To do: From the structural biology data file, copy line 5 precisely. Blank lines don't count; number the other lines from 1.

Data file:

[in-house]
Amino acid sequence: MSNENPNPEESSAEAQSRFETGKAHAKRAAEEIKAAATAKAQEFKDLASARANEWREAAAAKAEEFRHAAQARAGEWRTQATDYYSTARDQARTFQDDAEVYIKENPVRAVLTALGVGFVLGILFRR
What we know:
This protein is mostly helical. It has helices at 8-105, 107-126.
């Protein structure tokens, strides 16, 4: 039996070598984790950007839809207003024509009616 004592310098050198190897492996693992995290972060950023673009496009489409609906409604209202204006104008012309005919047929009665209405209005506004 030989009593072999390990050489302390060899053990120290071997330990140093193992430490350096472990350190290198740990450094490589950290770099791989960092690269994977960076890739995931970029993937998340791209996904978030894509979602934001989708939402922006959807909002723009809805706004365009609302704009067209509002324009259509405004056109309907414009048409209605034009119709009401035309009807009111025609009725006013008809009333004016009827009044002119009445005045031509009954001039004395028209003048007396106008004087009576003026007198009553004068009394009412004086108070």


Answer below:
């Protein structure tokens, strides 16, 4: 039996070598984790950007839809207003024509009616 004592310098050198190897492996693992995290972060950023673009496009489409609906409604209202204006104008012309005919047929009665209405209005506004 030989009593072999390990050489302390060899053990120290071997330990140093193992430490350096472990350190290198740990450094490589950290770099791989960092690269994977960076890739995931970029993937998340791209996904978030894509979602934001989708939402922006959807909002723009809805706004365009609302704009067209509002324009259509405004056109309907414009048409209605034009119709009401035309009807009111025609009725006013008809009333004016009827009044002119009445005045031509009954001039004395028209003048007396106008004087009576003026007198009553004068009394009412004086108070």